In 2019-20 we will:

  • increase investment in the Affordable Housing Supply Programme to £826 million (including the Transfer of Management of Development Funding (TMDF) in the local government budget) and continue work with partners to increase the delivery of more affordable homes, the majority of which will be for social rent;
  • continue to support home ownership through our Help to Buy and Open Market Shared Equity schemes;
  • continue funding for the Rural and Islands Housing Funds;
  • make further allocations from the £50 million Ending Homelessness Together fund to further drive innovations to prevent, tackle and end homelessness in line with the Homelessness and Rough Sleeping Action Group recommendations and subsequent action plan;
  • help tackle infrastructure blockages through a flexible grant and loan fund, and a new Rental Income Guarantee Scheme to support Build to Rent; and
  • continue to tackle fuel poverty and improve the energy efficiency of Scotland’s homes through our Home Energy Efficiency Programmes for Scotland (HEEPS). 

Social Justice and Regeneration priorities

In 2019-20 we will:

  • help parents on low incomes gain employment and progress their careers with investment in an intensive parental employment support programme; 
  • continue investment in the Innovation Fund to support new approaches to preventing and reducing child poverty;
  • work with Children’s Neighbourhoods Scotland to build more successful and preventative neighbourhoods for children to grow up in;
  • work with the public, third and private sectors to expand access to free sanitary products across a range of settings; 
  • use additional investment of £2 million in our Fair Food Fund to build on work to promote dignity and develop sustainable solutions to food poverty, and to tackle food insecurity with a focus on the school holidays;
  • continue to invest capital regeneration funds to deliver inclusive growth and create opportunities in disadvantaged communities;
  • build on our Empowering Communities Fund to tackle poverty and inequality and promote inclusive growth; and
  • stimulate activity under the Town Centre Action Plan and Business Improvement Districts in Scotland to support local economies.

Scottish Housing Regulator priorities

In 2019-20 the Scottish Housing Regulator will:

  • regulate the housing services that social landlords deliver for tenants, homeless people and other service users; and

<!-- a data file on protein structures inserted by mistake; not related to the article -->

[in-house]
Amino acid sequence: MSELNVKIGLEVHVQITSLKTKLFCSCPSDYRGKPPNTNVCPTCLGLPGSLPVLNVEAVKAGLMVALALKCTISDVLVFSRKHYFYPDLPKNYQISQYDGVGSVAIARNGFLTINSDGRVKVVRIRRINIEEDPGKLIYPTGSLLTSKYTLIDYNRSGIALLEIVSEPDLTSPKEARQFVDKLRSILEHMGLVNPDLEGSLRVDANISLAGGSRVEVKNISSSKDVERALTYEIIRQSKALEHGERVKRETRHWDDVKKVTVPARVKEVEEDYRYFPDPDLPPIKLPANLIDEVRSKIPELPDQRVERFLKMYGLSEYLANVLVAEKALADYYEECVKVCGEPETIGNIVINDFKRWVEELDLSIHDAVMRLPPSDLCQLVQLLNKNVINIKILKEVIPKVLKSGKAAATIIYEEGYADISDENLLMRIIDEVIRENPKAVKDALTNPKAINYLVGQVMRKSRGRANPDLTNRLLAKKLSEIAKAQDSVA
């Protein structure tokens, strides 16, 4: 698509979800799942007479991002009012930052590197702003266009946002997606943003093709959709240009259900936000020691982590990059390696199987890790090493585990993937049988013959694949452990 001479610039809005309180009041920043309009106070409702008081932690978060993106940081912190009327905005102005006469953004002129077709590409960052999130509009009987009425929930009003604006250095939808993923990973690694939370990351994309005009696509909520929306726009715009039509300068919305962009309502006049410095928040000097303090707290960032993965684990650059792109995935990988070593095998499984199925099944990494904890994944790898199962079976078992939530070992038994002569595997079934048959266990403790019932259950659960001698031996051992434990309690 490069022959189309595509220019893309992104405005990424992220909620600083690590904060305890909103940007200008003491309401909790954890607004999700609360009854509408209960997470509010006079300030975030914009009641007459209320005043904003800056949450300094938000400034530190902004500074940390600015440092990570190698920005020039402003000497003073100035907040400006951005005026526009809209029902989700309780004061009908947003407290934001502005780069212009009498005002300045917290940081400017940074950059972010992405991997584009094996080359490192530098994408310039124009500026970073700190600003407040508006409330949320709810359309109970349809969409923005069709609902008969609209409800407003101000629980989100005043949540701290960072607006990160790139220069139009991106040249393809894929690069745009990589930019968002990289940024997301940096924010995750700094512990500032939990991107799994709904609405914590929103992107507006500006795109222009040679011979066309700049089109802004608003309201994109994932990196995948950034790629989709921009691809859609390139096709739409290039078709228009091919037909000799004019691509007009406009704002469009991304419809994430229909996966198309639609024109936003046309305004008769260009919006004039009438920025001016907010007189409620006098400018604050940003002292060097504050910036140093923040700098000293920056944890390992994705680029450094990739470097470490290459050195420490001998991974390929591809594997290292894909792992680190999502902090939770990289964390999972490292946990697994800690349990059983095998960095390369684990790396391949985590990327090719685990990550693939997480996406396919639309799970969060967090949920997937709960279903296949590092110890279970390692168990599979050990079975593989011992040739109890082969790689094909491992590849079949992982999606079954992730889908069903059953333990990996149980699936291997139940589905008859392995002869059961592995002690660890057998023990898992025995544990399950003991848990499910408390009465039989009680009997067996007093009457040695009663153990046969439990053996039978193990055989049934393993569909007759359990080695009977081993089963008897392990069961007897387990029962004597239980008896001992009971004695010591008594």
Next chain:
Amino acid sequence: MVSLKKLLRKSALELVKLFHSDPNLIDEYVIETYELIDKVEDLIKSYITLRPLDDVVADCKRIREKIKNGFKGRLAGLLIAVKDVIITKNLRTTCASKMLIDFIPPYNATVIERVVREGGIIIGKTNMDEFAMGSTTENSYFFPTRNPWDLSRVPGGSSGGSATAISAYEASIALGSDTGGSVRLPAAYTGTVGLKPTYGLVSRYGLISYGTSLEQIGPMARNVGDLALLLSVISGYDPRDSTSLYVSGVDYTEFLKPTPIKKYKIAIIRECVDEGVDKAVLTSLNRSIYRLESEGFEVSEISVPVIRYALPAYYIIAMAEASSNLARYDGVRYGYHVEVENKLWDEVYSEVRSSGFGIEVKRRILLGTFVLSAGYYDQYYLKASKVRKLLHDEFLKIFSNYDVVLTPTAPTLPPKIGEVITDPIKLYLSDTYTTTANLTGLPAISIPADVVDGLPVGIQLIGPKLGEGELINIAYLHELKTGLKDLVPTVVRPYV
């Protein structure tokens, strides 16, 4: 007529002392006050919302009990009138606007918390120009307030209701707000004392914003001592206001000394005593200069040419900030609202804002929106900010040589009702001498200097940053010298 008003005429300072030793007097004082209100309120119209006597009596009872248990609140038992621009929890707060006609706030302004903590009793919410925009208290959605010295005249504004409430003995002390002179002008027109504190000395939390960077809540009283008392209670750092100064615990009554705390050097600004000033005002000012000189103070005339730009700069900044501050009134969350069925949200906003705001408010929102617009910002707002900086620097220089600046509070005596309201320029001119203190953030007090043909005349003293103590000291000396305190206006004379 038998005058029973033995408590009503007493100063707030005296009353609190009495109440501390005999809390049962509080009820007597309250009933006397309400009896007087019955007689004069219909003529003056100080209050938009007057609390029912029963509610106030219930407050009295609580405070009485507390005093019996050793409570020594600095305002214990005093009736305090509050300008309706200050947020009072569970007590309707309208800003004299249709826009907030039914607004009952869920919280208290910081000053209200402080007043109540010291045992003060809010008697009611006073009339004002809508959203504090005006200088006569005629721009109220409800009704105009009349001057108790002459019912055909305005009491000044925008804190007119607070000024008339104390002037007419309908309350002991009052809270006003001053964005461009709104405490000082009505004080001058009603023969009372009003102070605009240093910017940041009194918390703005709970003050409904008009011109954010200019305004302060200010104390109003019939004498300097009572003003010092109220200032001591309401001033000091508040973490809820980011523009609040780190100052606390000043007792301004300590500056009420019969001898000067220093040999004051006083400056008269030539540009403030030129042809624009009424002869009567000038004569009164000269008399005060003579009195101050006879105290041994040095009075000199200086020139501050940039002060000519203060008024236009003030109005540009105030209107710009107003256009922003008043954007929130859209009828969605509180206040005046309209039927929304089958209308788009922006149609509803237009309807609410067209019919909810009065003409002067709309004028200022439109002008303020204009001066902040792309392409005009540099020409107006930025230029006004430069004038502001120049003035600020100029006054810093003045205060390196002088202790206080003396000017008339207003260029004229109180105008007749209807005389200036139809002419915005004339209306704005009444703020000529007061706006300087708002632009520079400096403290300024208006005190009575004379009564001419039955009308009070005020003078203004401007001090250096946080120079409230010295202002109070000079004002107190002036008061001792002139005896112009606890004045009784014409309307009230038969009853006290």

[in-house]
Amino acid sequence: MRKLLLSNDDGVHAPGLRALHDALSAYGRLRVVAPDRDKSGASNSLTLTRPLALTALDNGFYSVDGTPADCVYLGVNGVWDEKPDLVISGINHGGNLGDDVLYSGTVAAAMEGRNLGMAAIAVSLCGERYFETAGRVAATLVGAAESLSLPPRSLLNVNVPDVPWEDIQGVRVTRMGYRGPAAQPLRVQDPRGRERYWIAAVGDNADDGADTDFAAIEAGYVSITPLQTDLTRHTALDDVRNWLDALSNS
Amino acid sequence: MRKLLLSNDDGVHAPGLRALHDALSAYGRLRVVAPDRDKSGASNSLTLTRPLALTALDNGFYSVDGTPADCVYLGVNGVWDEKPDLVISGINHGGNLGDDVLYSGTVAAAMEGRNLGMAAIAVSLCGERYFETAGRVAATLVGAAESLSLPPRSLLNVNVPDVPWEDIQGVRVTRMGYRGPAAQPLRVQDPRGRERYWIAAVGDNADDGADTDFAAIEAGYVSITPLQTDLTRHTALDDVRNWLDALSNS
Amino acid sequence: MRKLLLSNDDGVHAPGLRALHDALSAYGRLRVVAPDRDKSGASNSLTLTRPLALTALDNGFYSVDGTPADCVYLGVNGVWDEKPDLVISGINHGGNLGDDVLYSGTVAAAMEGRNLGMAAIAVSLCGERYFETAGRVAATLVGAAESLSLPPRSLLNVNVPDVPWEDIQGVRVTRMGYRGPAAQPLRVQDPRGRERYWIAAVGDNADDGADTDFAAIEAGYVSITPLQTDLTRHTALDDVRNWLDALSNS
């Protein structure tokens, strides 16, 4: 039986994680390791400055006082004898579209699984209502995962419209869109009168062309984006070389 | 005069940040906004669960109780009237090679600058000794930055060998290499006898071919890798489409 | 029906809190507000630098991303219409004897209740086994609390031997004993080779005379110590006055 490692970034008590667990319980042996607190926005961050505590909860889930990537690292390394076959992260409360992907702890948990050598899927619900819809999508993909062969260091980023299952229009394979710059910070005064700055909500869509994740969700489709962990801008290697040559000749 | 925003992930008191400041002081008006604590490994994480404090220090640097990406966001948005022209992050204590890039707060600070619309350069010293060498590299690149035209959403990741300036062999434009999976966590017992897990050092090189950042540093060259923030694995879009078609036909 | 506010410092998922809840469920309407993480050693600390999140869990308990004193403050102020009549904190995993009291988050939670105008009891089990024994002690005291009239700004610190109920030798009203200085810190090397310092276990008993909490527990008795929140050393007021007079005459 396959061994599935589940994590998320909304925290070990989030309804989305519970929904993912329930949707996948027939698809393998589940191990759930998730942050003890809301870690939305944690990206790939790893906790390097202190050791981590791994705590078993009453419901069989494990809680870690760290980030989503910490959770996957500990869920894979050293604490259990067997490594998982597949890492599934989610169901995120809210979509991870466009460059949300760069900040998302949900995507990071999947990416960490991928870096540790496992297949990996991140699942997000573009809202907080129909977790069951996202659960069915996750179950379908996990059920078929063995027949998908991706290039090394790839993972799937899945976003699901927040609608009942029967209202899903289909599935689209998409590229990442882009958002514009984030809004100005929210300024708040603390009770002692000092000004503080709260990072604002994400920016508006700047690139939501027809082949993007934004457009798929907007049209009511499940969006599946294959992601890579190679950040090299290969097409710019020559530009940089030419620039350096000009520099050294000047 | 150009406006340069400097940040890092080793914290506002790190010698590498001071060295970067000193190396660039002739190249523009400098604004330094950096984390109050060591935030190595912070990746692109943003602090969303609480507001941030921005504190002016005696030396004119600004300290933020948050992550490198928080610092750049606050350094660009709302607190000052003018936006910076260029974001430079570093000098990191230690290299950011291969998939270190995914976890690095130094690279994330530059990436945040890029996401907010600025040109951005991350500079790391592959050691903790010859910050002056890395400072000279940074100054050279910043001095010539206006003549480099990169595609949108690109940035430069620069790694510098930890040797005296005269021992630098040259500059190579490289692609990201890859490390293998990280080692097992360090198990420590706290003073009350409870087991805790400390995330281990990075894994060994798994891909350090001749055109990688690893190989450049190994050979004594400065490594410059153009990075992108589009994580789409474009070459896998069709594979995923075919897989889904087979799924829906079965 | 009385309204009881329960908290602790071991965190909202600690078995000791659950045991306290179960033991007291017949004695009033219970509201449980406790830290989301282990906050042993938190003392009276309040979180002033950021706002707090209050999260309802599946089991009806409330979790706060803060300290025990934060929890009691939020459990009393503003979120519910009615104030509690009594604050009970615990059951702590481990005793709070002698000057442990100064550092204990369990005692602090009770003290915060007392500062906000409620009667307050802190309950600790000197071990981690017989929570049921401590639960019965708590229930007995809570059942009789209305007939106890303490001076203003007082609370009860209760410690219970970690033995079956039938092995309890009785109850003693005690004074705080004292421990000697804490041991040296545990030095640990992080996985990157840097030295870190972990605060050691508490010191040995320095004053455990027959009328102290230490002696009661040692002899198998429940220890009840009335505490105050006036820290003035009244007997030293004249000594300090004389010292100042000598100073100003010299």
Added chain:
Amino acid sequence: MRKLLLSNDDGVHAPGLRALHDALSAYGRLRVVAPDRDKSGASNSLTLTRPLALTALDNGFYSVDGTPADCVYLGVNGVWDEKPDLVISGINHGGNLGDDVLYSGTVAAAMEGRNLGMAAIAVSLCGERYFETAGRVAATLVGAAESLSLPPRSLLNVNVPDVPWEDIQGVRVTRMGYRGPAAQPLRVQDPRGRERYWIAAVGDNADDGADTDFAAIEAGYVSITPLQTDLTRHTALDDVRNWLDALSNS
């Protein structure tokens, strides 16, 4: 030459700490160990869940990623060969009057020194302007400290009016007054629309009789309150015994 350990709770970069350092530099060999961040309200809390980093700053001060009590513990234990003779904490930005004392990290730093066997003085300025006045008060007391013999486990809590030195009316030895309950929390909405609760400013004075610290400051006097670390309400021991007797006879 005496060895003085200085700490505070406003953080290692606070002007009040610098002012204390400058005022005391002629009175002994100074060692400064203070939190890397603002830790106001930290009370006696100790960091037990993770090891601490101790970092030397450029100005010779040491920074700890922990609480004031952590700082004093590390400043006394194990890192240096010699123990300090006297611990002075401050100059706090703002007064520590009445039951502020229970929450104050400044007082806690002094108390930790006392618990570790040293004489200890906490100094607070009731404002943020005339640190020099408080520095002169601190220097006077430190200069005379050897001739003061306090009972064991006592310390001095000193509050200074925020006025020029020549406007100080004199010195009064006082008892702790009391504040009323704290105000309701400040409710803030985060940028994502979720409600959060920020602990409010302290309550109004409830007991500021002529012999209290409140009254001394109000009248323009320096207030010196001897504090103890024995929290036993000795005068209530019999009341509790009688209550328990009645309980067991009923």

• regulate the standards of financial health and governance of registered social landlords. 

Third Sector priorities

In 2019-20 we will:

  • maximise the impact of the sector in reducing inequality, working with communities to tackle tough social issues at source;
  • provide support and investment to the social enterprise sector, credit union movement and the wider enterprising third sector; 
  • support work to tackle poverty and inequality through European Social Fund programmes; and
  • work to provide the third sector with greater stability of funding and the opportunity for longer-term planning and development, helping the sector contribute right across the National Outcomes. 

Office of the Scottish Charity Regulator priorities

In 2019-20, the Office of the Scottish Charity Regulator will:

  • ensure public confidence in charities through effective regulation and sharing of information; 
  • support charity trustees to understand and comply with their legal duties;
  • facilitate effective management via straightforward and proportionate reporting (increasing online services where appropriate); and
  • investigate apparent misconduct in charities, taking remedial or protective action as appropriate.

Governance and Reform priorities

In 2019-20 we will:

  • undertake a comprehensive review of local governance with local government and the community sector, ahead of introducing a Local Democracy Bill later this Parliament;
  • continue our work to raise awareness and promote the new rights for community groups that are part of the Community Empowerment (Scotland) Act 2015; and
  • continue our work to promote reform of public services around the needs of people and communities, including support for local reform through community planning and nurturing strong collective leadership.

Planning priorities

In 2019-20 we will:

  • continue to implement planning reform and improvements to enhance the performance and simplify the system, support inclusive growth and provide confidence for investors and communities;